But how much direct input is realistic for neighborhood groups to expect in a massive, multi-million dollar project like this? “It’s kind of hard to quantify, but I would say a decent amount,” says Tunney’s chief of staff Bennett Lawson. “We’ve run anything that requires an ordinance change or a (planned development) through the community.”
What’s being presented is causing some concern for both Peters’ and DeMille’s groups. Peters says the plan for that 91-foot-tall hotel and retail complex is “out of scale” for the one- and two-story buildings already on Clark Street, and raises concerns that other developers will build even taller buildings in response to the new arrival. DeMille points out that while the hotel proposal puts it at roughly the height of the ballpark, it will come up against residential areas west of Clark. “On Cubs game days, how are the cabs and traffic going to impact the people on Patterson and Racine?” he asked. “[Those are] some of the details the Cubs will get into as part of the proposed [planned development ordinance].”
O’Rourke said her group is unconcerned about the scale of the hotel and its impact on traffic in the area. “I don’t think it’s going to be out of place in the neighborhood,” she said. “In the off-season, it’ll be nice to have a place where [neighbors' families] can stay and not have to go downtown. It’s economic growth for the whole community.”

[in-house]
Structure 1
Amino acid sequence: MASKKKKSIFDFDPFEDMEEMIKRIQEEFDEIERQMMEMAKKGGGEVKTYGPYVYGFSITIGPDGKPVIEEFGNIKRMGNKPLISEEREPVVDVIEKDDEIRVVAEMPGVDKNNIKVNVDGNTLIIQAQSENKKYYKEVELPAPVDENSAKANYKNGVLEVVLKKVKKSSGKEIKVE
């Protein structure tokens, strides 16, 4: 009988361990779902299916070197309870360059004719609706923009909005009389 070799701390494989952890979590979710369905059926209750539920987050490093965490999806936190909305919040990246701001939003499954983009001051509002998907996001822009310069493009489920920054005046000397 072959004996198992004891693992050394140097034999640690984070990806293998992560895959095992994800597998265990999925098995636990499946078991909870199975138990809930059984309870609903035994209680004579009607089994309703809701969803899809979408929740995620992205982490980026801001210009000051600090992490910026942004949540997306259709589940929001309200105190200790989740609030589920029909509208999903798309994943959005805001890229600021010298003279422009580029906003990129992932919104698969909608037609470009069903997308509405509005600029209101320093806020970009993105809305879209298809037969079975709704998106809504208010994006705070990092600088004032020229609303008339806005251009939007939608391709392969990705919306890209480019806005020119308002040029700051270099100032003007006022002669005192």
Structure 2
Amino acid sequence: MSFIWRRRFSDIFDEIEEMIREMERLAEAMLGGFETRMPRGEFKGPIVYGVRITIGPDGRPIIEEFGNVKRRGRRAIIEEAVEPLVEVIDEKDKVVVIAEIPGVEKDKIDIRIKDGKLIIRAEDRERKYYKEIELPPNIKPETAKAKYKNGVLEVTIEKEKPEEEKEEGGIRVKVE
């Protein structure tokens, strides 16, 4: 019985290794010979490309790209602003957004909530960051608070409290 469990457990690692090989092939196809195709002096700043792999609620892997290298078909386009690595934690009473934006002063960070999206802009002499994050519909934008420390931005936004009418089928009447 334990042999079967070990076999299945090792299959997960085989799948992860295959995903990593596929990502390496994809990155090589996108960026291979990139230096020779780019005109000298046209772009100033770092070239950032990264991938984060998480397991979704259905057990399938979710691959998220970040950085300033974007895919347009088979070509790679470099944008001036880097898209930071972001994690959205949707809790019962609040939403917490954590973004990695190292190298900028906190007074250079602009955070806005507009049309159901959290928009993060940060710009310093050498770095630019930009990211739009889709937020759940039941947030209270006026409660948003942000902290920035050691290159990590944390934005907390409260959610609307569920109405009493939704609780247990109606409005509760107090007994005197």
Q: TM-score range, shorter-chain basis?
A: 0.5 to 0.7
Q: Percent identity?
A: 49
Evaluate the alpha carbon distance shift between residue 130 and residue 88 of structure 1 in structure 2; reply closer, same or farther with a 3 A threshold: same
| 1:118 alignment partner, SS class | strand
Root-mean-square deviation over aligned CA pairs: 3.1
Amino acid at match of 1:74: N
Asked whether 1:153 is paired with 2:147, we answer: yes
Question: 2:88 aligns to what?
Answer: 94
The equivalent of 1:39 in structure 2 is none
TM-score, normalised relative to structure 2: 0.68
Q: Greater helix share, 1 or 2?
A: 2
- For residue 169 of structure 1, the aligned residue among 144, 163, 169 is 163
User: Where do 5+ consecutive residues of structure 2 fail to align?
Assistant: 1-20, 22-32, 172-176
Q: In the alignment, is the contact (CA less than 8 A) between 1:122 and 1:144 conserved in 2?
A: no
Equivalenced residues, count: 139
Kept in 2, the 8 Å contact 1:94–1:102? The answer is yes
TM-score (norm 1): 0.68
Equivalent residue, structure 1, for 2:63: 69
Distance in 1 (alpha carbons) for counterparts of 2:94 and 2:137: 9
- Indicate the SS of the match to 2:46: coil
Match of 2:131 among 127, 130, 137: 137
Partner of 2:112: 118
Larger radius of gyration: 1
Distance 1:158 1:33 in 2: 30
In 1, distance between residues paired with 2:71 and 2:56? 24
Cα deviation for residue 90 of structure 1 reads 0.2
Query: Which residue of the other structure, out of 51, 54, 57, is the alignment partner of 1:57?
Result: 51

Up until now, the size of the development has been largely unknown, despite Mayor Rahm Emanuel’s insistence that the team and the city have worked out “a framework of an understanding.” Now that specifics and renditions are being made public, Lawson says Tunney and the Cubs are beginning to share those details with the park’s neighbors.
“There is a lot of detail that has to run through the community,” Lawson told Center Square Journal. “The Cubs are now doing presentations to all the community groups.” Work is also progressing on a comprehensive traffic study of the area that may inspire more changes when it is completed in the next month. Already, Peters called the Cubs’ offer for 500 additional remote parking spaces for fans a “positive step forward.”